continued The broker was making money on the stock that UBS borrowed -- another reason why he didn't want Barinaga to sell, according to the complaint.
So Barinaga makes an interesting observation. The Portland broker didn't want him to sell his e.Digital stock because he told him it would go up. But the broker was also making money from a shorting arrangement that would pay off if the stock went down and was also putting downward pressure on the stock.
At some point, Barinaga learned that Robert Putnam, senior vice president of e.Digital, had been his patient years ago in a small town in Oregon. Barinaga was such a large shareholder in the company that he regularly called Putnam, as well as e.Digital's chief executive. "Putnam would tell me that he was glad I was loyal and not selling the stock," says Barinaga.
But Barinaga discovered that on February 3, 2000, at a time when e.Digital stock had shot up mysteriously, Putnam sold 125,000 e.Digital shares for $10.97 that he had acquired for a dime apiece. The company's chief executive was also jettisoning his shares in big bundles at this time. "Had I known they were selling, I would have bailed out so fast your head would spin," says Barinaga. But at the time, he was having trouble getting his shares from the Portland brokerage and UBS Financial, he says.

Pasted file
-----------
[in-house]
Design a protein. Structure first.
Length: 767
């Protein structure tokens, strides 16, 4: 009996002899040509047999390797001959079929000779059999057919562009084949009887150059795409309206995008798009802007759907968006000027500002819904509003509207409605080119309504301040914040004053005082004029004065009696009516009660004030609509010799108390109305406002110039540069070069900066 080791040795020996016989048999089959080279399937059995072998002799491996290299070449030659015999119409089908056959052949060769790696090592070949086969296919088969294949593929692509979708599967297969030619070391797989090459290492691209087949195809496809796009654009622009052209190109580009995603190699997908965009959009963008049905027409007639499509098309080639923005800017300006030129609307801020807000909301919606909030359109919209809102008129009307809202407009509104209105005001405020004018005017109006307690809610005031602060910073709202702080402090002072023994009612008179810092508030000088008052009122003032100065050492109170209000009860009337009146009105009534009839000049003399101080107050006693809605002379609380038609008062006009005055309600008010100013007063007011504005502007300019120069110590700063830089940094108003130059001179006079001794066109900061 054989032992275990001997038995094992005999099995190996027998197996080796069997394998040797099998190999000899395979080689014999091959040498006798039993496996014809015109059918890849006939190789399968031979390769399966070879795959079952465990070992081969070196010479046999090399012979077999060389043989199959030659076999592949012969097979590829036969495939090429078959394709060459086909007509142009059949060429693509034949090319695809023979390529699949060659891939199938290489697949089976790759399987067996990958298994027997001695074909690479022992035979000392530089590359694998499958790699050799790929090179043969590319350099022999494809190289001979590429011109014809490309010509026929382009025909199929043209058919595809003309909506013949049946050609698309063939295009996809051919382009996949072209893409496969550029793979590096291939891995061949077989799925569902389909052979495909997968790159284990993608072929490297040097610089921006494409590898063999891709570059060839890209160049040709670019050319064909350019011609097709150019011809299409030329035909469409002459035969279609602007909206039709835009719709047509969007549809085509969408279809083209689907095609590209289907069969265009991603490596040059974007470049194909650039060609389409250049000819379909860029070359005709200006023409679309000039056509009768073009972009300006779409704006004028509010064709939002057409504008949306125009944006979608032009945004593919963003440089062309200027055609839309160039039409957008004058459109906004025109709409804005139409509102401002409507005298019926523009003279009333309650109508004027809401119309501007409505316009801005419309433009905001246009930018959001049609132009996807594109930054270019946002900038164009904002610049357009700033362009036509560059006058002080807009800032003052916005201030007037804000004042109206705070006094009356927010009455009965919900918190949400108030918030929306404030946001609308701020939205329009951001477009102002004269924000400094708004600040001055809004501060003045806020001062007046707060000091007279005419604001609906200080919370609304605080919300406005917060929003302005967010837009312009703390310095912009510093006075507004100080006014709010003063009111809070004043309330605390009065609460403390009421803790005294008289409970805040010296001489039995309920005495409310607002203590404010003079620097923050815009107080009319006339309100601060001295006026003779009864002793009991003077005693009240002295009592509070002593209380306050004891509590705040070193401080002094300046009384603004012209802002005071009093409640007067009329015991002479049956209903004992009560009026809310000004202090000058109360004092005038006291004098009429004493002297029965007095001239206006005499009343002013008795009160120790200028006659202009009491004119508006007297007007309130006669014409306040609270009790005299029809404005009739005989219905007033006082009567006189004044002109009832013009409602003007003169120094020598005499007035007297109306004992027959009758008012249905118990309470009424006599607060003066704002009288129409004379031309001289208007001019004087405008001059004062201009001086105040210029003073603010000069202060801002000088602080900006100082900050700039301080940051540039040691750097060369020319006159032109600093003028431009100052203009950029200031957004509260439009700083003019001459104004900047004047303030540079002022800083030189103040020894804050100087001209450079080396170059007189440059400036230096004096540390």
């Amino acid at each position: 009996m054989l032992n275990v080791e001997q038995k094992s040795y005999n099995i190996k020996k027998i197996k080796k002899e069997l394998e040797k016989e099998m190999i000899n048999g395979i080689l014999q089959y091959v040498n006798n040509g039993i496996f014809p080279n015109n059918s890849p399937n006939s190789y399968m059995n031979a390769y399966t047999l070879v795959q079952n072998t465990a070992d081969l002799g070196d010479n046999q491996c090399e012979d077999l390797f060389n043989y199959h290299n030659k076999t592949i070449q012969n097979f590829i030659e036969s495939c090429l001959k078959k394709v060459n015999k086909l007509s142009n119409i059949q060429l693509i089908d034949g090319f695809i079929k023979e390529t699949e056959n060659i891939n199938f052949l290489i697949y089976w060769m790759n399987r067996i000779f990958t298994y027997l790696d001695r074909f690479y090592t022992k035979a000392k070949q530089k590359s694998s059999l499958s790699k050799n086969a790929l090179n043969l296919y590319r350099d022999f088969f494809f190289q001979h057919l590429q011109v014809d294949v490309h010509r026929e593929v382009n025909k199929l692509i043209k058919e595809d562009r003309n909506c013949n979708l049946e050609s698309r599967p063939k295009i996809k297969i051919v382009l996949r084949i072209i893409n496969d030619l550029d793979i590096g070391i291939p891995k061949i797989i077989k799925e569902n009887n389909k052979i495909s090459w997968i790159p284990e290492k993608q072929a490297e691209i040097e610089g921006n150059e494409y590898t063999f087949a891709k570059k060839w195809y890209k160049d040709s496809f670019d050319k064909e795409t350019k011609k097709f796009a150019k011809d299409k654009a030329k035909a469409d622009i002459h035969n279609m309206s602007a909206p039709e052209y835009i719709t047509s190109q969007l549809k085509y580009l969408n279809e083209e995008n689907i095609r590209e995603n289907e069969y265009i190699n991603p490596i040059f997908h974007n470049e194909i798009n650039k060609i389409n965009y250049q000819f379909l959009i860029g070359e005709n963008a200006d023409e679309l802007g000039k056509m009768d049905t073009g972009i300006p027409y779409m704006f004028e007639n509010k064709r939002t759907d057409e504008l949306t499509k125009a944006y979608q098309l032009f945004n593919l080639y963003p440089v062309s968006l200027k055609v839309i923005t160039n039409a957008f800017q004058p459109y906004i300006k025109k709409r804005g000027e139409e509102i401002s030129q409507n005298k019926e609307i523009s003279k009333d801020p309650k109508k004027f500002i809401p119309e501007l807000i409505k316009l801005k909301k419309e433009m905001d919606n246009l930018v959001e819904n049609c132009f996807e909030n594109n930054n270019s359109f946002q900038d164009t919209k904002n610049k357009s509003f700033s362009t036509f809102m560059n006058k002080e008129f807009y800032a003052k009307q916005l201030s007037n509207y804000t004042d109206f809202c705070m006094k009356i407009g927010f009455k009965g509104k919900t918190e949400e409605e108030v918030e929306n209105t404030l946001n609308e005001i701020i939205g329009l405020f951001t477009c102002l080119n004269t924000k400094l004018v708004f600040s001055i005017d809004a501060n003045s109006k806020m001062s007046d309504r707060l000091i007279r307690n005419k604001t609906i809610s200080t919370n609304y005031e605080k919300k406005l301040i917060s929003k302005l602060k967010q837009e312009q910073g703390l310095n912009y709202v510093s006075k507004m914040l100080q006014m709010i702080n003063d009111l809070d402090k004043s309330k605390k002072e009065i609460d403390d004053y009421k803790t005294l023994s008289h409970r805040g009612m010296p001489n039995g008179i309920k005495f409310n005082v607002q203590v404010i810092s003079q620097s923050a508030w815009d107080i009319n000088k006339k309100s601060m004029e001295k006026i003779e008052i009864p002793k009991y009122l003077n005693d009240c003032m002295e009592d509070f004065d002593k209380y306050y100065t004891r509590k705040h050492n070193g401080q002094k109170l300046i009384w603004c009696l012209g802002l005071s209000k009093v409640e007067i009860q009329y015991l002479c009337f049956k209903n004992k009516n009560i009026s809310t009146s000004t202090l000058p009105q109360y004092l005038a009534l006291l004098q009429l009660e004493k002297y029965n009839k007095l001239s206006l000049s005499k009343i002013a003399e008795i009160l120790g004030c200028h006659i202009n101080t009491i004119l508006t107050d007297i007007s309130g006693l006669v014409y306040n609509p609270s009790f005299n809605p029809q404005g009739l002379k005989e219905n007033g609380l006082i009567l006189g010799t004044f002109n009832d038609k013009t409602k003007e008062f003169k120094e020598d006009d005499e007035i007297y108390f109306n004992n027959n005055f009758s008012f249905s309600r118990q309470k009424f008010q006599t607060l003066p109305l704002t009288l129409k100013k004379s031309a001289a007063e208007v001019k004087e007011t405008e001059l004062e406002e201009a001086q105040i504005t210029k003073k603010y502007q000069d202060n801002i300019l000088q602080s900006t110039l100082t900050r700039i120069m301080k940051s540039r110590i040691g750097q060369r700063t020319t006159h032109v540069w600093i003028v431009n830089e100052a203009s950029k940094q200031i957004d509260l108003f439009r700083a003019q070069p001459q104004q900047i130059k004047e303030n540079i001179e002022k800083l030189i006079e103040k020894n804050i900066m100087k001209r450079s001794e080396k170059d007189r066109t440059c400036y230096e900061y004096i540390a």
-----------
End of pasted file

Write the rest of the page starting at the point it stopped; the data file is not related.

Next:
Putnam claims those conversations didn't take place. In their discussions, Barinaga "would say, 'What should I do?' " claims Putnam. "I said, 'You are looking at retirement. Diversification is important. You have appreciated assets; you should think about diversifying' " away from the heavy concentration in e.Digital, says Putnam.
Barinaga was no pigeon, and actually "was a sophisticated investor," insists Putnam.
E.Digital has not been sued. The Portland brokerage would not return repeated phone calls, and UBS Financial again refused comment.
But you can bet that the defendants will claim that a retired dentist should have known better.